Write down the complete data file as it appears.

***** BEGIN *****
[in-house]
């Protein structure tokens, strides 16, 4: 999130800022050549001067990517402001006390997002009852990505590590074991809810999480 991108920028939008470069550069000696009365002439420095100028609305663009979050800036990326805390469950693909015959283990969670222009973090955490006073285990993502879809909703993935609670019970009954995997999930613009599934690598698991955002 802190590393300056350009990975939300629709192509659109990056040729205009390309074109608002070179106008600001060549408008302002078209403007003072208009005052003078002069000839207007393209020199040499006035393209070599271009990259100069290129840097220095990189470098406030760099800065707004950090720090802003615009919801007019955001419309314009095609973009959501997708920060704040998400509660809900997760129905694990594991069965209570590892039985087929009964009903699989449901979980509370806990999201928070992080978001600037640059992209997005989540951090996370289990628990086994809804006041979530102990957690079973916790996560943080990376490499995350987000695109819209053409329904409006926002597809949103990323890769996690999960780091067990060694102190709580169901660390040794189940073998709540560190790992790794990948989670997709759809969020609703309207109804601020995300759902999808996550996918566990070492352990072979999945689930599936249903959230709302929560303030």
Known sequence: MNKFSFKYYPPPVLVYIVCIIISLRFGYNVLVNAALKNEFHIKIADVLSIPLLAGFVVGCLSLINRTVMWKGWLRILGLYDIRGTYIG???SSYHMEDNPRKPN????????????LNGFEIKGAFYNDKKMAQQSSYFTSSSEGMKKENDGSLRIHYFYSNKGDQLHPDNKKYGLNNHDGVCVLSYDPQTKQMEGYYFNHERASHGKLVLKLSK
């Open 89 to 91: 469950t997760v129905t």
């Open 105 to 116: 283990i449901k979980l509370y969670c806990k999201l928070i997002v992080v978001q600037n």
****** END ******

[in-house]
């Protein structure tokens, strides 16, 4: 999130800022050549001067990517402001006390997002009852990505590590074991809810999480 991108920028939008470069550069000696009365002439420095100028609305663009979050800036990326805390469950693909015959283990969670222009973090955490006073285990993502879809909703993935609670019970009954995997999930613009599934690598698991955002 802190590393300056350009990975939300629709192509659109990056040729205009390309074109608002070179106008600001060549408008302002078209403007003072208009005052003078002069000839207007393209020199040499006035393209070599271009990259100069290129840097220095990189470098406030760099800065707004950090720090802003615009919801007019955001419309314009095609973009959501997708920060704040998400509660809900997760129905694990594991069965209570590892039985087929009964009903699989449901979980509370806990999201928070992080978001600037640059992209997005989540951090996370289990628990086994809804006041979530102990957690079973916790996560943080990376490499995350987000695109819209053409329904409006926002597809949103990323890769996690999960780091067990060694102190709580169901660390040794189940073998709540560190790992790794990948989670997709759809969020609703309207109804601020995300759902999808996550996918566990070492352990072979999945689930599936249903959230709302929560303030």
Known sequence: MNKFSFKYYPPPVLVYIVCIIISLRFGYNVLVNAALKNEFHIKIADVLSIPLLAGFVVGCLSLINRTVMWKGWLRILGLYDIRGTYIG???SSYHMEDNPRKPN????????????LNGFEIKGAFYNDKKMAQQSSYFTSSSEGMKKENDGSLRIHYFYSNKGDQLHPDNKKYGLNNHDGVCVLSYDPQTKQMEGYYFNHERASHGKLVLKLSK
């Open 89 to 91: 469950t997760v129905t």
């Open 105 to 116: 283990i449901k979980l509370y969670c806990k999201l928070i997002v992080v978001q600037n």